They aren’t at the level of cats and dogs yet, but reptiles are scaling upward in popularity.
More than 5.6 million homes in the United States keep at least one of these cold-blooded creatures as pets, and their total numbers top 11.5 million, according to a 2013 survey by the American Pet Products Association.
Reptiles have a number of advantages as pets. They’re quiet, can have long life spans, require little to no exercise, usually don’t need to be fed daily, and their waste is easy to remove. They even have personalities, and form bonds with their people. Many are active and curious, making them interesting to watch as they explore their habitat.
Depending on the species, reptiles can be good choices for both children and adults.
What should you think about if you’re considering a reptile companion? They need more space than you might realize. Plan to provide a reptile with room to move around. Some are arboreal, meaning they like to be up high. Species that will grow to be six feet or more, such as iguanas and some snakes, need floor-to-ceiling enclosures. Others need aquatic habitats.
For instance, an adult red-eared slider turtle may need an aquarium that holds 55 to 120 gallons or more. All species need a place to hide and a heat source to keep them warm. Other reptile-care basics include spot-cleaning cages to remove waste and uneaten food. The cage must also be disinfected regularly so your reptile doesn’t develop bacterial infections of the skin or digestive tract. Some reptiles carry salmonella bacteria. It’s important to always wash your hands after handling them.
Reptile diet varies by species. Your reptile may eat daily fresh greens, crickets, mealworms or frozen mice that have been thawed. If you’re tenderhearted, the good news is that you don’t have to feed live prey. In fact, it’s best not to because your reptile could be injured by a live mouse or rat defending itself.
Whatever you choose, do your homework to make sure you understand and can meet the animal’s needs. Talk to an accredited expert before acquiring a reptile. That can be a veterinarian who specializes in exotics or a person who does reptile education for a rescue group or other organization.
“Every species has its own special requirements,” says certified veterinary technician Johanna Hanlon, practice manager and head nurse at Ani-Care Animal Hospital in Dallastown, Pennsylvania. “There is a lot of misinformation on the Internet, so use sources linked to veterinary professionals and herpetological societies.”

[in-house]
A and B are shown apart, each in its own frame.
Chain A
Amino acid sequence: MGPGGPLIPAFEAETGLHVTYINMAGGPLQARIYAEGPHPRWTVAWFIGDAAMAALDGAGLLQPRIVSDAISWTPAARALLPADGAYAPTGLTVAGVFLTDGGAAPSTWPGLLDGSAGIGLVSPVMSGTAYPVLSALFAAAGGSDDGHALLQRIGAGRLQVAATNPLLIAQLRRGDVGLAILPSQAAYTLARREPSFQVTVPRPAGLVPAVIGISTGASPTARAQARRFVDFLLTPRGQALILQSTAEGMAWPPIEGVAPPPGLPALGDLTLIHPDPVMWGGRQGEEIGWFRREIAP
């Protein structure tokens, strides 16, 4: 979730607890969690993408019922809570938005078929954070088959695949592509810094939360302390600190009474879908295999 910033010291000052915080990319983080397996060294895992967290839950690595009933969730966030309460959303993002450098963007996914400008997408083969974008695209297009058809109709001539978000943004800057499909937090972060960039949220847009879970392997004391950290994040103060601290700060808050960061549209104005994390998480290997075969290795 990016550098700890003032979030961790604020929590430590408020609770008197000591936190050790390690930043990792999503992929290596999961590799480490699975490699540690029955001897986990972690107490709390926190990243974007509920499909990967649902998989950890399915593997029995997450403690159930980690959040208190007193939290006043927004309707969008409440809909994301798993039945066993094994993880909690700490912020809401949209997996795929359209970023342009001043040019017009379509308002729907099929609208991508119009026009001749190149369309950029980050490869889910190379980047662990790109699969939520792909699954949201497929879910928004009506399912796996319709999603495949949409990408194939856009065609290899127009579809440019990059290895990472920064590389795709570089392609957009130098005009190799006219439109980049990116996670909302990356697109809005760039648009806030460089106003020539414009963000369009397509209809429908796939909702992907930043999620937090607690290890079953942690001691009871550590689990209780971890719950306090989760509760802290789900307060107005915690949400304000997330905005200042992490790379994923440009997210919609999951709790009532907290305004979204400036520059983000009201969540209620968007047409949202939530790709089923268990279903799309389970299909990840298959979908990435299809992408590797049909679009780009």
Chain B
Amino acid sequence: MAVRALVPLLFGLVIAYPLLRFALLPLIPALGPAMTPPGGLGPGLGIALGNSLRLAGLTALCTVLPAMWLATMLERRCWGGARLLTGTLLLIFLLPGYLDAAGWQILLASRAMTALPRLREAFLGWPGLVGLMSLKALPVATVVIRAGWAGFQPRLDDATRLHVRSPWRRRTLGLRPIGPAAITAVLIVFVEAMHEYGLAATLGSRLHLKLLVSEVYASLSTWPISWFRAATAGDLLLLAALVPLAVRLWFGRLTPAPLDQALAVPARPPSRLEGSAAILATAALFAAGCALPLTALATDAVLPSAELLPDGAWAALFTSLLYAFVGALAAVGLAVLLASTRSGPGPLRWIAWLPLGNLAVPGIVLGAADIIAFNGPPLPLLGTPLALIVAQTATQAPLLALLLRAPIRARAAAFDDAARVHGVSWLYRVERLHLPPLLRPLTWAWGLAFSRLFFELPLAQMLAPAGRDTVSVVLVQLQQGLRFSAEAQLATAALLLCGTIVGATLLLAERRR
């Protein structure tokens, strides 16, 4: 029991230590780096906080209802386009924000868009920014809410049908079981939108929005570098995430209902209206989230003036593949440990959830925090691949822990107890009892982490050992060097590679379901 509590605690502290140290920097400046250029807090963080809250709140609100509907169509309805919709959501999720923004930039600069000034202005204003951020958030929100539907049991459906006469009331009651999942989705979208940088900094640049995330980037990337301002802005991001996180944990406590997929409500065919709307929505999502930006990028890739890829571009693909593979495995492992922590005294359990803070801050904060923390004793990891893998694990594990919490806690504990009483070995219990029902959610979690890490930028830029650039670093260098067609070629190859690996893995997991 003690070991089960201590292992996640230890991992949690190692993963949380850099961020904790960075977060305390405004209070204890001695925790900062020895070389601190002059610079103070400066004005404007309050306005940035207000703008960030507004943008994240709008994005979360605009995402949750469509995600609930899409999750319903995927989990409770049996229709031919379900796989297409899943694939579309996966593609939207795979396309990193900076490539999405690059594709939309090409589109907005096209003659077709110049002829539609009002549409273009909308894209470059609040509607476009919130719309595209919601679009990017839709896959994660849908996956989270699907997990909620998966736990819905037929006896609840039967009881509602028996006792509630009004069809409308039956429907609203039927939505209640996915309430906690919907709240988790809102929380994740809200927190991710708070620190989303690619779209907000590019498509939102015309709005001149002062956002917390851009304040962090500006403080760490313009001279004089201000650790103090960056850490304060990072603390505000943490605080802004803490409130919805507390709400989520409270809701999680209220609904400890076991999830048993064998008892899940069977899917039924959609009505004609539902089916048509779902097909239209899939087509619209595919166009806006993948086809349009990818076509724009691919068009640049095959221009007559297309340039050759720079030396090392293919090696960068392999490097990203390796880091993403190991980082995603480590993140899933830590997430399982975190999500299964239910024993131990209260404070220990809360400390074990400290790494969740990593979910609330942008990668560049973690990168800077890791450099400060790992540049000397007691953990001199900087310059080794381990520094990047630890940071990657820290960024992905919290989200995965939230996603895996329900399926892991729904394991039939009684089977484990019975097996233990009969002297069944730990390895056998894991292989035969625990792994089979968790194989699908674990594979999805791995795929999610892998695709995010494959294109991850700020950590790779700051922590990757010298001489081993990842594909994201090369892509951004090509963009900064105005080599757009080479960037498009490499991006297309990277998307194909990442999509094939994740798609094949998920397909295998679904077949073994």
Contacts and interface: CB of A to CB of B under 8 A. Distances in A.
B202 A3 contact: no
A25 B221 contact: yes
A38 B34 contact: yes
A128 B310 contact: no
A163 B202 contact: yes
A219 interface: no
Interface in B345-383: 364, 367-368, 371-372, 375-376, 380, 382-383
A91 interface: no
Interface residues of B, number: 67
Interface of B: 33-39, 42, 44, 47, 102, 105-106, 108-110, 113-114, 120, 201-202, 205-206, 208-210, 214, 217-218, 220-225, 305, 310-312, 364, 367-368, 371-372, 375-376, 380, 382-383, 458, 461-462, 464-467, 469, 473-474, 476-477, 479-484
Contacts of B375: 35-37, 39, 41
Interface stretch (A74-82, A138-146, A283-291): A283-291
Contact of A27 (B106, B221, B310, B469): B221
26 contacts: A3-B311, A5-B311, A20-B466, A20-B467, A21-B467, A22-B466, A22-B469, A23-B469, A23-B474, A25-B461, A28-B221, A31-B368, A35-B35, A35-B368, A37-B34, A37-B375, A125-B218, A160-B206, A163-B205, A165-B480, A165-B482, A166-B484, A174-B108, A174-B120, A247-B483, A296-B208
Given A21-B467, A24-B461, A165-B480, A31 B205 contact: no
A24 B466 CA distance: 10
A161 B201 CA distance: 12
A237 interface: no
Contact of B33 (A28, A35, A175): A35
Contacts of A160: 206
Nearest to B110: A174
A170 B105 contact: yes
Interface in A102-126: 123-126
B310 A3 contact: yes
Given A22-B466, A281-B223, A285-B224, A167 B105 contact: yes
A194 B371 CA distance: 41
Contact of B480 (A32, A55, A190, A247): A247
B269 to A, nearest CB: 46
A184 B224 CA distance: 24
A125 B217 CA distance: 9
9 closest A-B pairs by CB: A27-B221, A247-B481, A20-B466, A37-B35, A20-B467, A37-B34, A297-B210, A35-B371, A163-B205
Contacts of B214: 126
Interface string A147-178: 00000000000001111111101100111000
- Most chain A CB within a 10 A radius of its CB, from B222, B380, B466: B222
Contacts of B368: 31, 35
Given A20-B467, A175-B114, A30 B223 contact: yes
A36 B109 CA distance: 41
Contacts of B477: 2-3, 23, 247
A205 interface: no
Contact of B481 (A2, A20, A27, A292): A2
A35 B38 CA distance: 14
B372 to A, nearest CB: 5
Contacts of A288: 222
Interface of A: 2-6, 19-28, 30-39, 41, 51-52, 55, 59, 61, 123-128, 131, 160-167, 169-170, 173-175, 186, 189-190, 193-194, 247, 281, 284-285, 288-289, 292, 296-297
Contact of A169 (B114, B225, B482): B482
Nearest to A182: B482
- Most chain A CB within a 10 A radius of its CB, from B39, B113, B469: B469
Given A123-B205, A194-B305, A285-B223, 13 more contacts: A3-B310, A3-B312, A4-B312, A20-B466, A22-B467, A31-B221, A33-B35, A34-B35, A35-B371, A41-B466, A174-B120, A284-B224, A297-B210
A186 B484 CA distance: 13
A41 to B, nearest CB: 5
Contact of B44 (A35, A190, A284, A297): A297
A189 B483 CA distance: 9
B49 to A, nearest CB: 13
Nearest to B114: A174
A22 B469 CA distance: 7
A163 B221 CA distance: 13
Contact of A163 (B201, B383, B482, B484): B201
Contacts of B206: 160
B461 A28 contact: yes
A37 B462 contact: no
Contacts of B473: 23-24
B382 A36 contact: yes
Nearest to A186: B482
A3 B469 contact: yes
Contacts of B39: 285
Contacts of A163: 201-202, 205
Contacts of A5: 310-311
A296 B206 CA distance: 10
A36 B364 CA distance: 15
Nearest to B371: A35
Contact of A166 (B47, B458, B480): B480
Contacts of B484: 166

She also recommends finding a reptile-savvy veterinarian who can provide the specialized care the animal will need, as well as knowing whether the reptile you’re considering is regulated by local, state or federal laws. Also consider as well whether you can care for a reptile for its lifetime, which in some cases can be 30 years or more. Herpetologist Chad Griffin of CCSB Reptile Rescue and Rehab Center in Winston-Salem, North Carolina, says the most common reasons reptiles are surrendered to rescue groups are that a student is going to college and parents don’t want to care for the animal, the reptile became larger than expected, the expense of caring became too high, or the person is moving to a place that doesn’t permit exotic pets.
If you aren’t sure if a particular reptile is right for you, talk to a rescue group or shelter about fostering, Hanlon says. They may be able to provide you with the resources you need to care for the animal without a long-term commitment.
Do you smoke around your pet? You could be threatening his health and even his life. Secondhand smoke can cause malignant lymphoma in cats, lung and nasal cancer in dogs, and respiratory problems and allergies in both species, according to studies conducted at Tufts University’s School of Veterinary Medicine and other colleges, reports Sue Manning for The Associated Press. A 2006 U.S. Surgeon General’s report also warns that animals are at risk from secondhand smoke. Other potential side effects include inflammation and cancers. E-cigarettes aren’t any safer. Pets can be poisoned if they eat the nicotine cartridges.
Pet Connection is produced by a team of pet-care experts headed by veterinarian Dr. Marty Becker and Kim Campbell Thornton, author of many pet-care books. The two are affiliated with Vetstreet.com. Dr. Becker can also be found at facebook.com/DrMartyBecker or on Twitter at DrMartyBecker.